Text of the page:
2 For 82.g, the efficiency at 54 Mb/s becomes U =.69. Thus, a single station sending frames of 5 bytes over 82.b can at most obtain the throughput of 8.69 Mb/s and Mb/s over 82.g. Fact : The constant overhead lowers the throughput of the 82. DCF to about 2% or 3% of the bit rate depending on the variant. B. Random backoff and collisions TABLE II MAC-LEVEL THROUGHPUT, SIMULATION N stations b, Mb/s cumulative g, 54 Mb/s cumulative When a station senses the channel busy, it waits for a random backoff, which further lowers its useful throughput (the random backoff even applies to a single station). On the average, a station waits t cont = CW/2 SLOT, which means that for a single station efficiency decreases to U =.65 for 82.b (throughput of 7.5 Mb/s) and U =.57 for 82.g (throughput of 3.68 Mb/s). Table II presents simulated throughput values for 82.b and 82.g in function of the number of contending stations (stations are greedy, i.e. they have always a frame of 5 bytes to transmit). The cumulative throughput first increases (e.g Mb/s for N = 2 and 82.b), because the interval between transmission attempts is shorter it is the minimum of two or more uniformly distributed random variables. However, for a larger number of stations, the cumulative throughput decreases (e.g. 7. Mb/s for N = ), because of an increased collision rate. TABLE III COLLISION RATE, SIMULATION N stations b, Mb/s g, 54 Mb/s Table III shows simulated values of the collision rate that significantly increases with the number of stations. Note that it is much larger for 82.g due to smaller CW. Fact 2: Random backoff increases the overhead (35% for 82.b and 43% for 82.g) and available throughput (7.5 Mb/s and 3.68 Mb/s). Increasing contention between stations results in collisions that further decrease the available throughput. C. Influence of transmission errors The quality of received signals over a wireless channel changes in time due to multiple causes (noise, fading, interference, multipath propagation, station mobility) and may result in incorrectly received frames and decreased throughput. Under 82. DCF, the influence of frame errors is even more important, because failed transmissions are undistinguishable from collisions: stations apply the exponential backoff after a lost frame. Table IV shows simulated values of throughput for a single station under 82.b for different values of e, the frame error rate. It is lower than the throughput that could be obtained by a station without the exponential backoff after a frame loss: U ( e). TABLE IV THROUGHPUT FOR 82.B, FRAME ERRORS, N =, SIMULATION e, frame error rate % 2% 5% % throughput (Mb/s) U ( e) (Mb/s) Fact 3: Transmission errors result in a lower throughput amplified by the 82. contention control based the exponential backoff. D. Channel adaptation and rate diversity A station may lower its bit rate at some threshold frame error rate to obtain better throughput a station transmitting at a lower bit rate uses a more robust modulation scheme that decreases the frame error rate. Obviously, the transmission at the lower bit rate takes longer, but it is compensated by a lower frame error rate, which globally results in a better throughput. The main issue is to decide when it is beneficial to switch to a lower bit rate. Let us consider a single station transmitting frames of the same size at the higher bit rate (lower bit rate) r h (respectively r l ). When switching to the lower bit rate, we expect to lower the frame error rate from e h to e l. We assume that some part of the frame transmission time does not depend on the bit rate: σ h (respectively σ l ) denote the proportion of useful throughput when using the higher bit rate (respectively lower bit rate). To find the threshold value of the frame error rate for which a station needs to lower its bit rate, we need to have at least the same throughput for both bit rates: r h σ h ( e h ) = r l σ l ( e l ). (2) The threshold frame error rate is thus e h = r lσ l r h σ h ( e l ). (3) As a first approximation, we can assume that lowering the bit rate will reduce the frame error rate to and the proportions of useful throughput are equal (σ h = σ l ). In this case, we simply obtain e h = r l r h (4) This means that for 82.b, a station needs to switch from Mb/s to 5.5 Mb/s when the frame error rate exceeds 5%. If the frame error rate at the lower bit rate is not, this value should be even increased, e.g. if e l =.2, the threshold increases to 6%.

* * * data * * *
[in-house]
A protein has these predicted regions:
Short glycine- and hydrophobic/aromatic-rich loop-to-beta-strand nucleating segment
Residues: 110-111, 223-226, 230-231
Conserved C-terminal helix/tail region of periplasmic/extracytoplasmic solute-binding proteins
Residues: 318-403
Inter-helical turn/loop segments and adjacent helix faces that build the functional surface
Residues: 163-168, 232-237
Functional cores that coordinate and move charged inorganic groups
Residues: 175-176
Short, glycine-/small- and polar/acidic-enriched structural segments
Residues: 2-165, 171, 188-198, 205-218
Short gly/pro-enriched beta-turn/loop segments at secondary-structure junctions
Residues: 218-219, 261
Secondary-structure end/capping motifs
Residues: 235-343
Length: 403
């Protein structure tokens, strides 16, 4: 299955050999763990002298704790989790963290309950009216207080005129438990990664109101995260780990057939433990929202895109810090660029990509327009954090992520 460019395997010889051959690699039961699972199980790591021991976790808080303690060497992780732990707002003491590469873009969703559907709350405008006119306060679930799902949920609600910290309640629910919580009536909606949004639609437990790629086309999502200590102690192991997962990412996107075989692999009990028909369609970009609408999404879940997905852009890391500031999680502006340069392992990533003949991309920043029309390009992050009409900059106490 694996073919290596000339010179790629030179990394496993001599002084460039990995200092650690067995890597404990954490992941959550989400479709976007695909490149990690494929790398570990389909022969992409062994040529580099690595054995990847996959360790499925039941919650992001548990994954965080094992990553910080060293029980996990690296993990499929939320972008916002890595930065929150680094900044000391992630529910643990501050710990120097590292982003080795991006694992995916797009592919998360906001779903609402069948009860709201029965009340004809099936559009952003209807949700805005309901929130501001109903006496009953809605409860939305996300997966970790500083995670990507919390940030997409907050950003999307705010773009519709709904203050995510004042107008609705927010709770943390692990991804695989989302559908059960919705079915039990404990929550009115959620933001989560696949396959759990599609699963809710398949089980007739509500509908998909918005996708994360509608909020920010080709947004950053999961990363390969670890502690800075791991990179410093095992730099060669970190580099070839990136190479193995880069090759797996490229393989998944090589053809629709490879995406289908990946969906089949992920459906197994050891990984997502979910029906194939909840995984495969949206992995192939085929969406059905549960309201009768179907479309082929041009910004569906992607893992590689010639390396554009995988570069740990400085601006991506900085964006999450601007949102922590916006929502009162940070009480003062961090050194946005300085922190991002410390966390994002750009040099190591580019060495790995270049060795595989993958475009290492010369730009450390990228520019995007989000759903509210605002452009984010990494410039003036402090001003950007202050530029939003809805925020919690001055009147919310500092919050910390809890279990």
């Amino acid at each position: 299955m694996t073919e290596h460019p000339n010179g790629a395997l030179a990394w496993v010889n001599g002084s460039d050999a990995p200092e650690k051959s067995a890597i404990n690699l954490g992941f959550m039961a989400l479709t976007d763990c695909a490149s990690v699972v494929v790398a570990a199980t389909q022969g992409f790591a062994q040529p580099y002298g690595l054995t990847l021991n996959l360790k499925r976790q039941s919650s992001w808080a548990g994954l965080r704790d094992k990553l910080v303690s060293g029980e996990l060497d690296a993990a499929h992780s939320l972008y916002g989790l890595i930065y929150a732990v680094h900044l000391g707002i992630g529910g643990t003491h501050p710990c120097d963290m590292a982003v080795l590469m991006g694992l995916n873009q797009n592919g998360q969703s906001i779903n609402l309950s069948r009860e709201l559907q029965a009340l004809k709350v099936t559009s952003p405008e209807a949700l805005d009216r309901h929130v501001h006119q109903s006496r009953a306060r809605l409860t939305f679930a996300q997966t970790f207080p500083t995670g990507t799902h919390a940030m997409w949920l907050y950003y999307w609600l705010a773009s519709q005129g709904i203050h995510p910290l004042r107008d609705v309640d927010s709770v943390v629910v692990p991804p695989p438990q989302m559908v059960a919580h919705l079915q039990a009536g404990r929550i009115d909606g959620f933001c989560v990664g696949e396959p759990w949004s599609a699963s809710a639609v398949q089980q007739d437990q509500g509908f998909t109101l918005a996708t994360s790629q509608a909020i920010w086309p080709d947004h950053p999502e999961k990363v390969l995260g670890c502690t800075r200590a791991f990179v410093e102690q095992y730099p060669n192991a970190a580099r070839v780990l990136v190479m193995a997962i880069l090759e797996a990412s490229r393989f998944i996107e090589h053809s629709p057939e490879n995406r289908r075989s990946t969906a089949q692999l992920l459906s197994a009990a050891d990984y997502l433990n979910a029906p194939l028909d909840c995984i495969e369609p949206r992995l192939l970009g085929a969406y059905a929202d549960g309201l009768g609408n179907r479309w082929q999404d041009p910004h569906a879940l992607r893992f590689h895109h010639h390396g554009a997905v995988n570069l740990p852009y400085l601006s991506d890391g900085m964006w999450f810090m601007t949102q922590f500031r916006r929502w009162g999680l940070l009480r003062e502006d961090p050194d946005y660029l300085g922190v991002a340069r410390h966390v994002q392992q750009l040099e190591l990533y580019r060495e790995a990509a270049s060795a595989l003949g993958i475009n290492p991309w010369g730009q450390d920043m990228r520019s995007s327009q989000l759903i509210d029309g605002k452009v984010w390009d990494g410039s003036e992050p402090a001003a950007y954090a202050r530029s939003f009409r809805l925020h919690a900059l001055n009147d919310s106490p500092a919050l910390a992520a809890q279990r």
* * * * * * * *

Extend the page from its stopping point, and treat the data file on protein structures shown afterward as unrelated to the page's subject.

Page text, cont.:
3 * ' $(! ) %! $ Fact 4: Under imperfect channel conditions, switching to a lower bit rate is beneficial if the frame error rate exceeds some significant threshold. E. Performance anomaly Bit rate diversity in 82. leads to performance anomaly: the rate of a slower station limits the throughput of fast ones, because it takes more time to transmit frames at a lower bit rate, which decreases the channel time available for the transmission of fast stations [2]. To understand this effect, let us consider two stations transmitting at different bit rates: one station uses the high transmission rate R = Mb/s and another one transmits at a degraded rate r = 5.5,2, or Mb/s. If both stations send frames of size s, they respectively spent T f = s/r + t R ov and T s = s/r+t r ov in transmission (t R ov and t r ov denote all overhead that does not depend on the bit rate: headers, interframe spaces, contention, and time spent in collisions). As the long-term channel access probability is equal for both stations, their mean throughput is as follows: s X f = X s = X =, T f + T s which means that both stations obtain the same throughput. We also have: X = R + r + s(tr ov + t r ov), (5) which means that throughput roughly corresponds to a geometric mean of the respective bit rates. We provide more detailed analysis and results for any number of stations elsewhere [2]. The main consequence of this relation is that the slow station degrades the throughput of fast stations they see their throughput reduced to the order of magnitude of the slow station throughput. Fact 5: Stations switching to lower bit rates to adapt to bad channel conditions may significantly lower the throughput of stations that use higher bit rates. III. FAIRNESS Fairness can be defined at different time scales: long-term fairness guarantees that the probability of successful channel access observed on a long term converges to /N for N competing stations. An access method is short-term fair if channel allocation is fair over short time intervals. In this case, each station can expect to access the channel after a short time, which in turn results in short delays. Note that shortterm fairness implies long-term fairness, but inverse does not hold. A. Short-term fairness for small number of stations Koksal et al. analyzed the short-term unfairness of an early Wavelan wireless card [3] and identified the short-term unfairness problem of its access method in which stations performed exponential backoff whenever the channel was sensed busy. Since this paper, many authors have stated that 82. suffers from short-term unfairness and referenced it as the paper that proves the short-term unfairness of 82. [4], [5]. However, they have not realized that the access method of 82. has changed with respect to that of the Wavelan cards: in the 82. DCF [], the exponential backoff is only applied after a collision. This misleading common wisdom has emerged from the confusion of two different access methods. In fact, short-term fairness of the 82. DCF in the case of two stations is fairly good [6]. We evaluated it by considering patterns of transmissions and computing their average Jain fairness index in a window of an increasing size [3]. It is defined as follows: let γ i be the fraction of transmissions performed by station i during window w; the fairness index is the following: F J (w) = ( N i= γ i) 2 N. (6) N i= γ2 i Perfect fairness is achieved for F J (w) = (as in TDMA) and perfect unfairness for F J (w) = /N. We have normalized the window size with respect to the number of stations and computed the Jain index for windows multiple of N., + ' ( ' (! &! " Fig : ; < = A B C D E F B G H I J K L L M N O P P Q R S T U V S -. / Measured Jain fairness index for two 82. DCF stations Figure 2 shows the Jain fairness index measured for two stations. It can be seen that the threshold value of.95 is quickly attained for the normalized window size of 5. The figure also presents the fairness of Slotted Aloha, a multiple access randomized protocol with good fairness properties that was used by Koksal et al. as a fairness gauge [3] 82. presents even better short-term fairness. Such a good behavior comes from the fact that 82. stations use their residual contention intervals when a station chooses a long interval, it will wait during one or several turns, but then it will eventually succeed, because its backoff gets smaller at each turn. Note also that 82. presents much better short-term fairness than the Ethernet CSMA/CD known for its capture effect [7]. Fact 6: For a small number of stations, 82. benefits from good short-term fairness. B. Short-term fairness for a larger number of stations For a larger number of stations, the fairness index gets worse, because of the exponential backoff after a collision,